Depending on who you talk to, the Internet of Things (IoT) is defined in different ways, and it encompasses many aspects of life – from connected homes and cities to connected cars and roads (yes, roads) to devices that track an individual’s behavior and use the data collected for “push” services. Some mention 1 trillion Internet-connected devices by 2025 and define mobile phones as the “eyes and ears” of the applications connecting all of those connected “Things”. Depending on the context, others give examples that are less phone-centric, speak of a class of devices that do not exist today or point to Google Goggles as an indication of things to come.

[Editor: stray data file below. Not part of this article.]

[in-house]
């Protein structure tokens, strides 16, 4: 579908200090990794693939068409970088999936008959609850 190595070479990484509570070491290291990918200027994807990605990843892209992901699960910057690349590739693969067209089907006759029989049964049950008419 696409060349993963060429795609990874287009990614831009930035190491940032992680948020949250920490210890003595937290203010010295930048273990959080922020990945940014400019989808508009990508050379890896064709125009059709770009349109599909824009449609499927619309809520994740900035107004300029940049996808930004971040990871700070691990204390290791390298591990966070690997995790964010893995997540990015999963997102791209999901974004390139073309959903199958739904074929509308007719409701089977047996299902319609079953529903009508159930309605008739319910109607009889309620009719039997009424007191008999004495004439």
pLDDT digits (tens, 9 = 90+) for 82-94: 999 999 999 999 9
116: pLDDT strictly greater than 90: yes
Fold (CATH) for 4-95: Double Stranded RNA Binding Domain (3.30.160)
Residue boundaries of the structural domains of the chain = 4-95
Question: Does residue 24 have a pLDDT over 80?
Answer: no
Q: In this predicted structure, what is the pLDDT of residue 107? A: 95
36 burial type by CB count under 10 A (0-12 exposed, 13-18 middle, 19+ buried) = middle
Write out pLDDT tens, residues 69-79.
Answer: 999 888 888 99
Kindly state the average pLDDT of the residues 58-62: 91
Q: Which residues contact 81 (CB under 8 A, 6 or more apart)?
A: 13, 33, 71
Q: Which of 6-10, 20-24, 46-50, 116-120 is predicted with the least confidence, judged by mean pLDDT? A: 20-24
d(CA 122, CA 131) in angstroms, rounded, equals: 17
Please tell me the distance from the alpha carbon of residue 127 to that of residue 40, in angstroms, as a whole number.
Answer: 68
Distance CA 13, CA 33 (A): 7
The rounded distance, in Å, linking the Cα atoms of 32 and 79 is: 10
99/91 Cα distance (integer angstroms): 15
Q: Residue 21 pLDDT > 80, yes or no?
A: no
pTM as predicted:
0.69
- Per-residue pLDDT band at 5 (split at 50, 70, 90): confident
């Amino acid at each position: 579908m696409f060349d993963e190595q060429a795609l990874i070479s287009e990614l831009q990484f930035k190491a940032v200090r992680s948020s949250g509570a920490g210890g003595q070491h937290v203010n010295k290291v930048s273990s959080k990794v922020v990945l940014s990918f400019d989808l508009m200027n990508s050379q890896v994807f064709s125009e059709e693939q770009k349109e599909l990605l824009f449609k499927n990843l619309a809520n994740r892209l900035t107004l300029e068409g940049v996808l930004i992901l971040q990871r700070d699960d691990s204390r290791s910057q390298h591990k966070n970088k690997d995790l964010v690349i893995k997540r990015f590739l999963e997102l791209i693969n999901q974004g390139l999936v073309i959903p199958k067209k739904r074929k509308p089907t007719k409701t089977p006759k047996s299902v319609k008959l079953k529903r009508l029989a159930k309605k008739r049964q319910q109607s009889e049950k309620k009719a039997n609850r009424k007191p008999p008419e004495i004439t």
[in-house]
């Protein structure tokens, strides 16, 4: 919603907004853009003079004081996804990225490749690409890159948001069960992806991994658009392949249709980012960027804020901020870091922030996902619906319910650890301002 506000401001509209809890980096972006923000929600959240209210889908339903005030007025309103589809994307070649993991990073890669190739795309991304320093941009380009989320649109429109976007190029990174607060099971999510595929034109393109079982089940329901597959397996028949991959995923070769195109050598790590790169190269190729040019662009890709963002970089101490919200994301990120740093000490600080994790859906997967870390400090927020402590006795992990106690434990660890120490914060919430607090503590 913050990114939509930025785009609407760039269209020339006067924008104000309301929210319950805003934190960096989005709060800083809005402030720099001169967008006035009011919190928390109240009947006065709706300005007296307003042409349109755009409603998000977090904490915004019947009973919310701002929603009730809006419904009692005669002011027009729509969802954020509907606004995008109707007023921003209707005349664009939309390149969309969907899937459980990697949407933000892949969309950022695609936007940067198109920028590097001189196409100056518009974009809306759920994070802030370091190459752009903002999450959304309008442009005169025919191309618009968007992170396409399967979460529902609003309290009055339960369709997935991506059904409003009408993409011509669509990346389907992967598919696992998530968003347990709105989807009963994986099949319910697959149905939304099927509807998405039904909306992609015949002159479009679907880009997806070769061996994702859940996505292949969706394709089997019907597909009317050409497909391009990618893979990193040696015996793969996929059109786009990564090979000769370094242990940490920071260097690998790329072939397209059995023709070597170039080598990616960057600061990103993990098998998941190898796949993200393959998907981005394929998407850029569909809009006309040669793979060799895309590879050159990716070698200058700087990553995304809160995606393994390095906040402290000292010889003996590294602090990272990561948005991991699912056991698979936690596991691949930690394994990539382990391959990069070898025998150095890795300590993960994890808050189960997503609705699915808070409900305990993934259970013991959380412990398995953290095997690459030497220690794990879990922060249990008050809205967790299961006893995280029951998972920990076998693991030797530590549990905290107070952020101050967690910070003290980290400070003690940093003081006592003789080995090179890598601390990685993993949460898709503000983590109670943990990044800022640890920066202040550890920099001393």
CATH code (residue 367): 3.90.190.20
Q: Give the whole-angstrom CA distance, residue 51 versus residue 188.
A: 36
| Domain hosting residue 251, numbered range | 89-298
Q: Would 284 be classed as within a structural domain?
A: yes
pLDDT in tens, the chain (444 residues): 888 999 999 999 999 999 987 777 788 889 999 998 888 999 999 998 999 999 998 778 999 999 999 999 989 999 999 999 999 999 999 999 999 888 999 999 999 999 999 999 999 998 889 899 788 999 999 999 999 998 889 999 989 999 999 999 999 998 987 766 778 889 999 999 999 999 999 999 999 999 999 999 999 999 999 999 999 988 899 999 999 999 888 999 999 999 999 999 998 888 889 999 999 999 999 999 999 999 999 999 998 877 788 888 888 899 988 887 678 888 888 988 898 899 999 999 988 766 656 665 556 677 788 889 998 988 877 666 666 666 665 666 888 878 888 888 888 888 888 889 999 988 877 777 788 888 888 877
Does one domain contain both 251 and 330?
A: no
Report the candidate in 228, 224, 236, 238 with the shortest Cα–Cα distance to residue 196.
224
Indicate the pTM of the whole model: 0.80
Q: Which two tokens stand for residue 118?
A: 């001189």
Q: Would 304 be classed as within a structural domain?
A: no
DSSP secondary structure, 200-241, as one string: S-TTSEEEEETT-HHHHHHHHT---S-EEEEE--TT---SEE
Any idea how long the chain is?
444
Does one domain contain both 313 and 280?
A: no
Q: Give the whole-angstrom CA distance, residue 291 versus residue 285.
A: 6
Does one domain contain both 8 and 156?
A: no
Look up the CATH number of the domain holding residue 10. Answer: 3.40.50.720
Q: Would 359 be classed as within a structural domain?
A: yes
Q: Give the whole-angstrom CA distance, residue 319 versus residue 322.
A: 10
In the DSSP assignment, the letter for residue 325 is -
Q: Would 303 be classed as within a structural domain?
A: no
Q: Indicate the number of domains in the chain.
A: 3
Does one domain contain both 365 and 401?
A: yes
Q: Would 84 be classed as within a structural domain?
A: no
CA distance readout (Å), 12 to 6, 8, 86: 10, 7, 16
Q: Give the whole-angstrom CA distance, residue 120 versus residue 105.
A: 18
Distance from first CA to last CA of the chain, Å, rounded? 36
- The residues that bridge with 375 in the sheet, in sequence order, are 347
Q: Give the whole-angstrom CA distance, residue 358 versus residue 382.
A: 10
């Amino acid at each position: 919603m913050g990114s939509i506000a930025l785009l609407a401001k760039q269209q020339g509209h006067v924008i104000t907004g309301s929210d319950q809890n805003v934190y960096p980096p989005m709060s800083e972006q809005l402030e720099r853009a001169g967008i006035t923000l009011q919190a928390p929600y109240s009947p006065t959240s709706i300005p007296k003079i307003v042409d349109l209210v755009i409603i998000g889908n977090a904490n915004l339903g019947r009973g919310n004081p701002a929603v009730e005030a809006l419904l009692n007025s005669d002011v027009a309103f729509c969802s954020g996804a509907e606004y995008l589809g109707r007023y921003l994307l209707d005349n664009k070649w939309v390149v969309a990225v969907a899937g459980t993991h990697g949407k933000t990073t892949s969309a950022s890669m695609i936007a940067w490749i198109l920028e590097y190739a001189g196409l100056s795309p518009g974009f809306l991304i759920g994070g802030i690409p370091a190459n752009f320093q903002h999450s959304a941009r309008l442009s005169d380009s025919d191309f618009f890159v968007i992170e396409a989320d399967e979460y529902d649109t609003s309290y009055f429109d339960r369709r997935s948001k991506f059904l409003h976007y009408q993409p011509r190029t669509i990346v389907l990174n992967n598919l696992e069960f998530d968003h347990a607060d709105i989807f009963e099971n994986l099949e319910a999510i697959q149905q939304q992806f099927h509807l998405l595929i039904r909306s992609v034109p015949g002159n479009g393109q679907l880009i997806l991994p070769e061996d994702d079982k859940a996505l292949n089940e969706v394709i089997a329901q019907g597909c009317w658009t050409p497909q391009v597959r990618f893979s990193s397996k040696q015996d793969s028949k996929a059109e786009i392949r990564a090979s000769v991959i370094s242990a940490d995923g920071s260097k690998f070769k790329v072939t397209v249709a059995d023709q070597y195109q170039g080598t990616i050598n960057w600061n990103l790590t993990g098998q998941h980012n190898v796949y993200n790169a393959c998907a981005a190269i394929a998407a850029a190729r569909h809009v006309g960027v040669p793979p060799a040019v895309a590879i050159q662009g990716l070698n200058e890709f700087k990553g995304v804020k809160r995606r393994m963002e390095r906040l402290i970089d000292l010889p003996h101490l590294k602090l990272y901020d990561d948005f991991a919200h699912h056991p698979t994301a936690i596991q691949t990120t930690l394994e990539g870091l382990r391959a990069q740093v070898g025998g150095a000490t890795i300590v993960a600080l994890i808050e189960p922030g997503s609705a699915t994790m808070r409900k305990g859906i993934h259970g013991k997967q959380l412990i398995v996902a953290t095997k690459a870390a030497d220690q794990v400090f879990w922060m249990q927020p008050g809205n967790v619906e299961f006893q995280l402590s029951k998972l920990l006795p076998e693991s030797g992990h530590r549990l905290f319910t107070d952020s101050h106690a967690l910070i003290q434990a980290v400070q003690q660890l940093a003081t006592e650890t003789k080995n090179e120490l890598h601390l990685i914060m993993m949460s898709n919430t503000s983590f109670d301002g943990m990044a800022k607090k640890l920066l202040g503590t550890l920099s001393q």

Everyone, however, thinks of the IoT as billions of connections (a sort of “universal global neural network” in the cloud) that will encompass every aspect of our lives. All of this public discussion suggests the IoT is finally becoming a hot topic within the mainstream media. Many recent articles point to the IoT as the interaction and exchange of data (lots of it) between machines and objects, and now there are product definitions reflecting the same concept. Hence, from a technology perspective, the IoT is being defined as smart machines interacting and communicating with other machines, objects, environment and infrastructures, resulting in volumes of data generated and processing of that data into useful actions that can “command and control” things and make life much easier for human beings … similar to the world envisioned in The Jetsons, only better.